Trouble with the Authorities

Abdias Nascimento’s Open Letter to Dakar denouncing the process that led to this exclusion was published in the journal Présence Africaine, and was the first "African-Brazilian intellectual’s protest to be heard by a world audience against racial discrimination in Brazil". From 1950 to 1968, Abdias Nascimento acted as founding curator of the Museum of Black Art, an initiative of the Black Experimental Theater implementing a resolution of the 1950 Congress of Brazilian Blacks. Its inaugural exhibit was held at the Museum of Image and Sound in Rio de Janeiro in 1968. During this period, he was active in the Brazilian Labor Party, the main democratic force opposing the authoritarian regime instituted by the 1964 military coup. Shortly after inaugurating the Museum of Black Art exhibit, Nascimento traveled to the United States with a Fairfield Foundation grant to promote exchange between the Afro-Brazilian and African American civil and human rights movements. Targeted by the military dictatorship’s police repression, he was unable to return to the country because of the authoritarian measures brought into effect by the 5th Institutional Act promulgated in December of that year[3].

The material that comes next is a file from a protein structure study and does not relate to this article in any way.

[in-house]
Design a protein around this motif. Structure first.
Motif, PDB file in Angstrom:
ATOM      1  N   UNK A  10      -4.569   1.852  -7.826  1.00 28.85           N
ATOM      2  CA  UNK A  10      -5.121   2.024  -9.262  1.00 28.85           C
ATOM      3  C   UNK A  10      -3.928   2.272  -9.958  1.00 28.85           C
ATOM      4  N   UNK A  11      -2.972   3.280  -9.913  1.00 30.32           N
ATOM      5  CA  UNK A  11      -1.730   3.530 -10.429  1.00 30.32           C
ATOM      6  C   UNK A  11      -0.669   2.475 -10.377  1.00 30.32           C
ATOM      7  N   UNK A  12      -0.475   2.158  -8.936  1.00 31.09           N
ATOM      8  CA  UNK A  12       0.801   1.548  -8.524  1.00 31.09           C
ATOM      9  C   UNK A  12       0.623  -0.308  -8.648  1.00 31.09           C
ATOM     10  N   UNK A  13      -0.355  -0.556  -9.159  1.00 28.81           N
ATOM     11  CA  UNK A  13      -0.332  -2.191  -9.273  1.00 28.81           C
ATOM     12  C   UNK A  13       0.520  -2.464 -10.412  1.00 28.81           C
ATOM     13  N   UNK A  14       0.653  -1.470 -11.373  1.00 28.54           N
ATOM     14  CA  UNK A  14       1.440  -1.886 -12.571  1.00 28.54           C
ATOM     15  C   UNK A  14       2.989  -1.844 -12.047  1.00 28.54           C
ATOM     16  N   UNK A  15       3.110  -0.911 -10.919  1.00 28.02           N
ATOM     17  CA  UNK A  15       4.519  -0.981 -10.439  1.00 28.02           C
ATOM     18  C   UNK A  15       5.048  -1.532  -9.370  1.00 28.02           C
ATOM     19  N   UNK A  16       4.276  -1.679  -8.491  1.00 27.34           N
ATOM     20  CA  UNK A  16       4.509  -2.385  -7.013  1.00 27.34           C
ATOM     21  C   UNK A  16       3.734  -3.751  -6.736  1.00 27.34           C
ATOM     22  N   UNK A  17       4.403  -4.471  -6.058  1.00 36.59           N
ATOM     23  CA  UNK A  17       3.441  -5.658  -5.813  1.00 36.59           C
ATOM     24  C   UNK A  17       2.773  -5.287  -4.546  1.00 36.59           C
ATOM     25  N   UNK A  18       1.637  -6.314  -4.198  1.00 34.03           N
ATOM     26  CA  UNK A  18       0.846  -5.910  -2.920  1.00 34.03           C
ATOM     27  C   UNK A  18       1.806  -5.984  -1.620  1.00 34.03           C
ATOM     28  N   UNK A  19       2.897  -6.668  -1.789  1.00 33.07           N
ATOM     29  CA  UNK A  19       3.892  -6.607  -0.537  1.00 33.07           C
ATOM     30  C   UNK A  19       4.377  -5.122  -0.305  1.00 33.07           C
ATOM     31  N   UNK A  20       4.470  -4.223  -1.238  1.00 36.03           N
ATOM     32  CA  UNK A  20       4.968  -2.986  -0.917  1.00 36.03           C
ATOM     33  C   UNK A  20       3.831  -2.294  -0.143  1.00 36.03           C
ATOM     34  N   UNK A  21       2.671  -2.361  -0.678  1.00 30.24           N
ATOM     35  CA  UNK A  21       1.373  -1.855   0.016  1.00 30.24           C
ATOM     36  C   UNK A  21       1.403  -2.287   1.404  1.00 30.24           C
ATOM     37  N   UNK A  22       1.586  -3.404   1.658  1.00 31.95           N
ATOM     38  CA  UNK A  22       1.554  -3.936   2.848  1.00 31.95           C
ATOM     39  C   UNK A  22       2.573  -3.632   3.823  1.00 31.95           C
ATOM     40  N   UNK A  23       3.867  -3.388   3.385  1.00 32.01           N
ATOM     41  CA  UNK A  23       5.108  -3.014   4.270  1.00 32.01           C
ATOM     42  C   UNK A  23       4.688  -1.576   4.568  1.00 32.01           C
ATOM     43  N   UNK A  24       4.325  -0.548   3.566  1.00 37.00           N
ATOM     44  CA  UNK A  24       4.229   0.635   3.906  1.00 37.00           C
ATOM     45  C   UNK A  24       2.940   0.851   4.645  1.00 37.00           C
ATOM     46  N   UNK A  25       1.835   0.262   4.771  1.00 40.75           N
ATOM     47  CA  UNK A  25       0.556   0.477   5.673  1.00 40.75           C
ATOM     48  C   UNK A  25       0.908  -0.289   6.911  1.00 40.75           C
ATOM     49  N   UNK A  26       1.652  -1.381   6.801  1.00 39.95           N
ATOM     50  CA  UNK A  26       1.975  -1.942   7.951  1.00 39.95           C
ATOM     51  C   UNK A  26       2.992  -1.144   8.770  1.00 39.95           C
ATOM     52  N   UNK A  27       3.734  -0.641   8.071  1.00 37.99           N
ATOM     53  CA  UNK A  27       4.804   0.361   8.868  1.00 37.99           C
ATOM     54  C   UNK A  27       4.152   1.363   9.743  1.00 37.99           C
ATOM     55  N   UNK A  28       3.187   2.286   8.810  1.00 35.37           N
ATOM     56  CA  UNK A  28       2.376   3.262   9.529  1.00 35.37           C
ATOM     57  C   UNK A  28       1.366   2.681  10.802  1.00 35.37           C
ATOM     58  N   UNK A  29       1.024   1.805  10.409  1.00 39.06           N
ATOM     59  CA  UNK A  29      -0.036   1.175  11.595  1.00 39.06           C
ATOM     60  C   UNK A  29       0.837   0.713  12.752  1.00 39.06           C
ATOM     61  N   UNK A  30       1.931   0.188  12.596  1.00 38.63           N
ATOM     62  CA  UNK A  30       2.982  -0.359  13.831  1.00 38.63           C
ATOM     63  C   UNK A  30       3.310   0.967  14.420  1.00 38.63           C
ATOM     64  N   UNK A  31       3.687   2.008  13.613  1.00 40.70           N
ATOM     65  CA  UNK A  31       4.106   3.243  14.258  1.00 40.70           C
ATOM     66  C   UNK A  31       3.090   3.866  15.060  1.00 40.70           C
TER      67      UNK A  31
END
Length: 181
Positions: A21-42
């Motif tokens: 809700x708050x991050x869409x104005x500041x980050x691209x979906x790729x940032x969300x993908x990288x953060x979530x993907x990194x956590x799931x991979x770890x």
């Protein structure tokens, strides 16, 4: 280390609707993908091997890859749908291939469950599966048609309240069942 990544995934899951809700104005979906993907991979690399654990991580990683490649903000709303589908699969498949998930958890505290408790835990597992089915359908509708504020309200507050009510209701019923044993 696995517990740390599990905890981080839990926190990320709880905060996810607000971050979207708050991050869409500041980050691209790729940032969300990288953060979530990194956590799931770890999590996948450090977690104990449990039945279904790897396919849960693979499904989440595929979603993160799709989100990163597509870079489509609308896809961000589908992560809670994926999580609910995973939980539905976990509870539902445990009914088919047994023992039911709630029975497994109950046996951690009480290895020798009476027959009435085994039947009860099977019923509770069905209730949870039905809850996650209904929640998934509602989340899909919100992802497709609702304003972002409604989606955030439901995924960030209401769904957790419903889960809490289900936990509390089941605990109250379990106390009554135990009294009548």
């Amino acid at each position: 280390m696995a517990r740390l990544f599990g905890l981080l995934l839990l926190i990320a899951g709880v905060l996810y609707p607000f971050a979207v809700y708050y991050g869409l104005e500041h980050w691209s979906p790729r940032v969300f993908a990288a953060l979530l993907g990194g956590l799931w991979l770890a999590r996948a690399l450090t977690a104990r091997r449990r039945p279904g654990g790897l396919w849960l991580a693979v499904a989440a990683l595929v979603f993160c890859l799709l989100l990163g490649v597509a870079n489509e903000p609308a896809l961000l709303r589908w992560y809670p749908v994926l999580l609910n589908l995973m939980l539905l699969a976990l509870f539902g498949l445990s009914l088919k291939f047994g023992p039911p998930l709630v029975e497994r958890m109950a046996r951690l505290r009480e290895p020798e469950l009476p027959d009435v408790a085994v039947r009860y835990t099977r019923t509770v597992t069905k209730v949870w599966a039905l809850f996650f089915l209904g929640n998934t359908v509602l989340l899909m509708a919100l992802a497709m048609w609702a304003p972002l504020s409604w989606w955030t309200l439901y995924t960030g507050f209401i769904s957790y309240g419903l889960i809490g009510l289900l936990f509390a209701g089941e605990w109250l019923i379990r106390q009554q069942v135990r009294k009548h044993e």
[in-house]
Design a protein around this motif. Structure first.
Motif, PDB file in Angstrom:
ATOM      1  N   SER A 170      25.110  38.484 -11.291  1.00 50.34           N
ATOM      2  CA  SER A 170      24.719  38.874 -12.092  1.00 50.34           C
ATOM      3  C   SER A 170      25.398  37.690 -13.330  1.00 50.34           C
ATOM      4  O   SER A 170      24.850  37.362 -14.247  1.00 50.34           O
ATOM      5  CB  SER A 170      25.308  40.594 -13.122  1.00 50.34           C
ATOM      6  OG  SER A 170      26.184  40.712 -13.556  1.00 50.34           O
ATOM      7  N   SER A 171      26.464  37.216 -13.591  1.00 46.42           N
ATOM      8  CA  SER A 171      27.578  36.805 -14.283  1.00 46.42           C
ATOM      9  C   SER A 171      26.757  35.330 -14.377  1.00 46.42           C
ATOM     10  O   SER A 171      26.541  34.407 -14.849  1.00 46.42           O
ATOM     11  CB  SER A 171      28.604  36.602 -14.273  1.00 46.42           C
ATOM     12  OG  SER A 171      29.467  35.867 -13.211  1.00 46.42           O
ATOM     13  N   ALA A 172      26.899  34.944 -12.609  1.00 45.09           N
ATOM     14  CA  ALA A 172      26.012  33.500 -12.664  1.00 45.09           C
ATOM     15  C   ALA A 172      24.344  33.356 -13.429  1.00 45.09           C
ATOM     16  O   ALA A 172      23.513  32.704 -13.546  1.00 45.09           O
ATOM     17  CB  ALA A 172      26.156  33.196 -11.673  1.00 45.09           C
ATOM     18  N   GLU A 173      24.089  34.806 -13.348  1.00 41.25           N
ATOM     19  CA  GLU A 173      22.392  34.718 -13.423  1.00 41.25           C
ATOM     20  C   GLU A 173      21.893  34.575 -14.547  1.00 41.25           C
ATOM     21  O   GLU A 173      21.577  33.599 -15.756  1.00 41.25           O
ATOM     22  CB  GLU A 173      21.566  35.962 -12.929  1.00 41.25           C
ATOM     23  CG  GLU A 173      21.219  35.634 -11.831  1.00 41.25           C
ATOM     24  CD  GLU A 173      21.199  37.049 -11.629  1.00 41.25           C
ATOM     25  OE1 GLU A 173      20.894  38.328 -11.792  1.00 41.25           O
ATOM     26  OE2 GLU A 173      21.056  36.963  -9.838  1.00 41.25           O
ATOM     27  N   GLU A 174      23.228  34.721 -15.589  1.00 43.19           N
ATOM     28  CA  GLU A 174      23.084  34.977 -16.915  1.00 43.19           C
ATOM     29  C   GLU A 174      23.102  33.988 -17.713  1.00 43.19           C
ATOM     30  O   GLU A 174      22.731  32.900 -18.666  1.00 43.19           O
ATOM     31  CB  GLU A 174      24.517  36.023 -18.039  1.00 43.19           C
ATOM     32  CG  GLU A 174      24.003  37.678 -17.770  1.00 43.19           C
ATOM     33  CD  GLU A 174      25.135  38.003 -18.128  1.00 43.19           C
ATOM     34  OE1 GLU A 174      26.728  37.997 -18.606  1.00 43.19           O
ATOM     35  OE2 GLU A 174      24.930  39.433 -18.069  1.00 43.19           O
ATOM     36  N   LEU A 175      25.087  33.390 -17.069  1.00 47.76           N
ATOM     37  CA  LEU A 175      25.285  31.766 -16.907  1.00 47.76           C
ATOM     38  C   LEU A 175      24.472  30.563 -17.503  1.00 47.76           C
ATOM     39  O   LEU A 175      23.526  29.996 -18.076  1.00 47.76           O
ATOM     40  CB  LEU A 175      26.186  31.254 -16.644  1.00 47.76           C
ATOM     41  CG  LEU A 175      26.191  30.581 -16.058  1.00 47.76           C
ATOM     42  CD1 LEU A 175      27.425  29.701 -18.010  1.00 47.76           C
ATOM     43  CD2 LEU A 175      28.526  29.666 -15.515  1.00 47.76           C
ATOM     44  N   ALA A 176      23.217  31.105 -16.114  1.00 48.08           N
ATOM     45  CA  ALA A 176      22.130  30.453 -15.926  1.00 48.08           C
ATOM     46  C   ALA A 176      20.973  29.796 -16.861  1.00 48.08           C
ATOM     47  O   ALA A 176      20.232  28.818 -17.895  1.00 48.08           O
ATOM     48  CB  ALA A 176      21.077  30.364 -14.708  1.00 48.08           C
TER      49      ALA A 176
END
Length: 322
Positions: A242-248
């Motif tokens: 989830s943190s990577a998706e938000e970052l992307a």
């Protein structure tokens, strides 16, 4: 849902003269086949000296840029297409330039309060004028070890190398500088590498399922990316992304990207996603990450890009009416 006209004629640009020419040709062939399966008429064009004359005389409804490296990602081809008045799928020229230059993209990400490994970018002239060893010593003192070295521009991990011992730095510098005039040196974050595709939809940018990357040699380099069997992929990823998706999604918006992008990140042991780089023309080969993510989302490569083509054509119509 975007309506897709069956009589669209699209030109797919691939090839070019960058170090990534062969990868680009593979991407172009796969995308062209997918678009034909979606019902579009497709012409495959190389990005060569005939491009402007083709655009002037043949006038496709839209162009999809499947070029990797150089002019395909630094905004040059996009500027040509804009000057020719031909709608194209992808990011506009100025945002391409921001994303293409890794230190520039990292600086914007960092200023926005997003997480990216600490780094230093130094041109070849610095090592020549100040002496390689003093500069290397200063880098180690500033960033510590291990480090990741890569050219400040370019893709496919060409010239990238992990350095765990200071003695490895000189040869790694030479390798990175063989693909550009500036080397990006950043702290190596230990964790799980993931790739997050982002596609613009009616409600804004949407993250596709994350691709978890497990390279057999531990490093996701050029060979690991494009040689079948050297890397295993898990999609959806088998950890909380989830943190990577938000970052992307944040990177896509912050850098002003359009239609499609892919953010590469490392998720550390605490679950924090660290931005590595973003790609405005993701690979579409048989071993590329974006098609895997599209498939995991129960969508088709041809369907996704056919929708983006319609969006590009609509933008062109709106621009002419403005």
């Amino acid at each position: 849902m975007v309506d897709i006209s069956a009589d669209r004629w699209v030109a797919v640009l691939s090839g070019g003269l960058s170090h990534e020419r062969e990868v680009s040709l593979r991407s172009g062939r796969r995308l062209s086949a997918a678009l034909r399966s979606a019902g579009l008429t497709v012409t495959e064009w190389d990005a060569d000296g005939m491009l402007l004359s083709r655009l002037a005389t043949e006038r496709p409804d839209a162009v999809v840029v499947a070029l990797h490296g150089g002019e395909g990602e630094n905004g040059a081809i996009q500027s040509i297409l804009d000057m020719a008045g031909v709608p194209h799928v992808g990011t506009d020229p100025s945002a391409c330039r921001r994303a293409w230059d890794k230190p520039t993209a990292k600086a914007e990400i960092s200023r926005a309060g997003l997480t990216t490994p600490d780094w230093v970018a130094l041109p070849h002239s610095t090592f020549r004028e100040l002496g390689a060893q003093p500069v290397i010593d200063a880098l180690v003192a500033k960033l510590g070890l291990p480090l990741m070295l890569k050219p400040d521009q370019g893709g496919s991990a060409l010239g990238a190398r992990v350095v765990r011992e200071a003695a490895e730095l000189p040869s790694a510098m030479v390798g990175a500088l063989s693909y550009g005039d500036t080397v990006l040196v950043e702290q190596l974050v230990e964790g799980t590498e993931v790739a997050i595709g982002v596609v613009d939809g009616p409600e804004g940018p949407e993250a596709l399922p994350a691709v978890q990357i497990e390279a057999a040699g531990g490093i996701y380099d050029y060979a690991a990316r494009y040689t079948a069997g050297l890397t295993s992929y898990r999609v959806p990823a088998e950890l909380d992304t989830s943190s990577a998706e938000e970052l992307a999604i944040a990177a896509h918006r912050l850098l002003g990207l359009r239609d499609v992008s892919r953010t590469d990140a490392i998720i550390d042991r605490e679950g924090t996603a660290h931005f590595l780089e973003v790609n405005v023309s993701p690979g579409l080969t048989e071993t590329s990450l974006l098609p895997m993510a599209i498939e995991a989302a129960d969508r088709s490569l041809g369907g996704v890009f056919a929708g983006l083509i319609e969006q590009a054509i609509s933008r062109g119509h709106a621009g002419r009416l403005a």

Exile from Brazil/international networking

In 1968 Abdias do Nascimento was forced into exile by Brazil's military regime He spent the next 14 years at universities in the United States[4]and in (1975-76) studying in Ile-Ife, Nigeria[5].